If you are an employee who was injured while performing your job duties, you may be entitled to workers’ compensation, which provides financial coverage for medical expenses and the general costs of daily living, such as groceries and transportation, while you are unable to work due to your injury. But how long can you expect your benefits to continue? And what happens if you are permanently disabled, and will never be able to return to work? Fayetteville AR workers’ compensation lawyer Ken Kieklak, Attorney at Law discusses the timeline for workman’s compensation benefits in Arkansas.
What is the Process for Getting Workers’ Compensation in Arkansas?
With a few narrow exceptions, worker’s compensation is available for most workers who are accidentally injured in the course of their employment. In order to obtain benefits, you must report the injury to your employer, who is then required to report the injury to whichever carrier is supplying the business with workers’ compensation insurance. You will also be required to complete some documentation, which should be available through your employer. (If not, you can simply download the appropriate forms, which are available online here through the Arkansas Workers’ Compensation Commission.)
Next, you will be required to see a doctor for an assessment of your injuries. While your employer is entitled to select the initial doctor for evaluation, you may follow up with other doctors afterward by formally requesting a Change of Physician from the Arkansas Workers’ Compensation Commission.
Your employer should act promptly, as a fine of up to $500 may be imposed if your employer fails to begin the process within 10 days of you filing your claim at your workplace. However, assistance from an experienced Fort Smith workers’ compensation attorney can make the process more efficient, particularly if a dispute arises – for instance, a dispute over the severity of your injuries and resulting disability. Your Springdale workers’ compensation lawyer will be there to protect your rights as an injured worker while helping you with paperwork and advocating on your behalf should your employer contest (challenge) your claim.
How Long Can a Disabled Employee Stay on Workers’ Comp in Arkansas?
One of the first questions injured workers often ask about workers’ compensation is, “How long will I continue to receive benefits?” Unfortunately, the answer to that question is different for every beneficiary, because the duration of your benefits will depend on (1) the severity of your injury, and (2) how long the resulting impairment is expected to last.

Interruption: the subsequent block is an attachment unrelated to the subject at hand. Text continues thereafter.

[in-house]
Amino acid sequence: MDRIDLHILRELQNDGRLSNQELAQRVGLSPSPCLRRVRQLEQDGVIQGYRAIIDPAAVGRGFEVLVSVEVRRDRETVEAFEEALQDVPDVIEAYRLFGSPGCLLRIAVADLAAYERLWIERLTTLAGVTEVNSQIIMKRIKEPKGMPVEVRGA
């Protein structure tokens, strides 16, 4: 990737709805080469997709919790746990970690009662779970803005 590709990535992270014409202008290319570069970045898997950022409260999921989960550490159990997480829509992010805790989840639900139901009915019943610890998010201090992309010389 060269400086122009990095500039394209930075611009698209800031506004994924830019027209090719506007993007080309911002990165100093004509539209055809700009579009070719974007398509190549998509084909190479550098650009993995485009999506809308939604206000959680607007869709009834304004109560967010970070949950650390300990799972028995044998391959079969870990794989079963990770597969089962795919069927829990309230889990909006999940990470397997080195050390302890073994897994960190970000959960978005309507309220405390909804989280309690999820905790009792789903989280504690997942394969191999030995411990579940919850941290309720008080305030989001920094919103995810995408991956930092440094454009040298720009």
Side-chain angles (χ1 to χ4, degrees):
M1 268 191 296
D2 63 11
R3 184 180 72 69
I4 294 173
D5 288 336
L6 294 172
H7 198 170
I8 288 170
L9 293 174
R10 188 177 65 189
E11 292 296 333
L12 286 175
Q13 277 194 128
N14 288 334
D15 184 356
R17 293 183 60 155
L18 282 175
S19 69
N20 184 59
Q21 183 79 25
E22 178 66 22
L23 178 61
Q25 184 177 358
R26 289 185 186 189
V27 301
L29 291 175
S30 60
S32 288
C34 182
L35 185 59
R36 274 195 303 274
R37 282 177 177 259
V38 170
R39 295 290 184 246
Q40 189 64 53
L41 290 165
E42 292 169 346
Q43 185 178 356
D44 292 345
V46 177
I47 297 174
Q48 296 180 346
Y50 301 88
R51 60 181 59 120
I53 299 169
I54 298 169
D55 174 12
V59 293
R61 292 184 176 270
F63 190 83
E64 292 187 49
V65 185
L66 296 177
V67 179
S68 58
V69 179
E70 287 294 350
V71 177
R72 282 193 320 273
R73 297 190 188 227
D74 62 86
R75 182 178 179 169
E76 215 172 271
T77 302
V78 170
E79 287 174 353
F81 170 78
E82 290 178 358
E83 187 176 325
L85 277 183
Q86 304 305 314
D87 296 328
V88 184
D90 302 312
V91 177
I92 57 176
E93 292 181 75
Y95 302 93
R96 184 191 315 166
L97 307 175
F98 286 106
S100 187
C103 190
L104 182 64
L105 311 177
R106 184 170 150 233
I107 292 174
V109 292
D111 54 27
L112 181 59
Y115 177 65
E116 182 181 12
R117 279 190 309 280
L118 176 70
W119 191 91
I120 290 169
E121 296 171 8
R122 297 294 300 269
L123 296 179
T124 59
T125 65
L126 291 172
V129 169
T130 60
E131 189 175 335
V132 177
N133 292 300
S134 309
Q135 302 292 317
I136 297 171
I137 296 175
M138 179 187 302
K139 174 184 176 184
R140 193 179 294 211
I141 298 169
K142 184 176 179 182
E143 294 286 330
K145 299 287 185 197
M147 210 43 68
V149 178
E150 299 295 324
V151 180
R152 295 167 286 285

Stated simply, you should continue to receive benefits – typically on a biweekly basis – until you are no longer considered disabled. Here is the how the timeline unfolds, depending on the nature of the injury:
- If you sustained a mental injury caused by physical injury, you may receive benefits for up to 26 weeks (nearly six months), unless you were assaulted or otherwise victimized by violence.
- You may receive Temporary Partial Benefits or Temporary Total Benefits for up to 450 weeks (approximately eight and a half years).
- You may receive Permanent Partial Benefits for 450 weeks, though the exact duration of your benefits may differ depending on the nature and severity of your injury.
- If your workplace accident caused a catastrophic injury resulting in total and permanent disability, you may continue to receive benefits for the rest of your life.
Representation by an experienced attorney can significantly increase the length of time you receive benefits. If you are dissatisfied with your benefits or feel you have been the victim of an error, you are urged to contact Ken Kieklak, Attorney at Law as soon as possible for a free legal consultation.
Injured at Your Job? A Fayetteville Workers’ Compensation Attorney Can Help
All employees deserve safe workplaces that comply with state and federal standards, yet sometimes, unintentional injuries can still occur, even when employers take care to follow safety regulations.
If you, your spouse, or one of your family members sustained a disabling workplace injury, such as a brain injury or spinal cord injury resulting in paralysis, an experienced Rogers workers’ compensation attorney like Ken Kieklak can fight to see that you receive the full benefits to which you are entitled. Further, while workers’ compensation generally prohibits personal injury lawsuits against employers, it may be appropriate to explore a product liability lawsuit against a third party, such as a manufacturer, if your injury was caused by a defective product, such as defective tools, industrial equipment, or transportation equipment.
If you need help filing a workers’ compensation claim in Arkansas, or have questions about what to do after being injured at work, contact Ken Kieklak, Attorney at Law at (479) 316-0438 for a free and confidential legal consultation. Our law firm serves Crawford County, Sebastian County, Washington County, and beyond.
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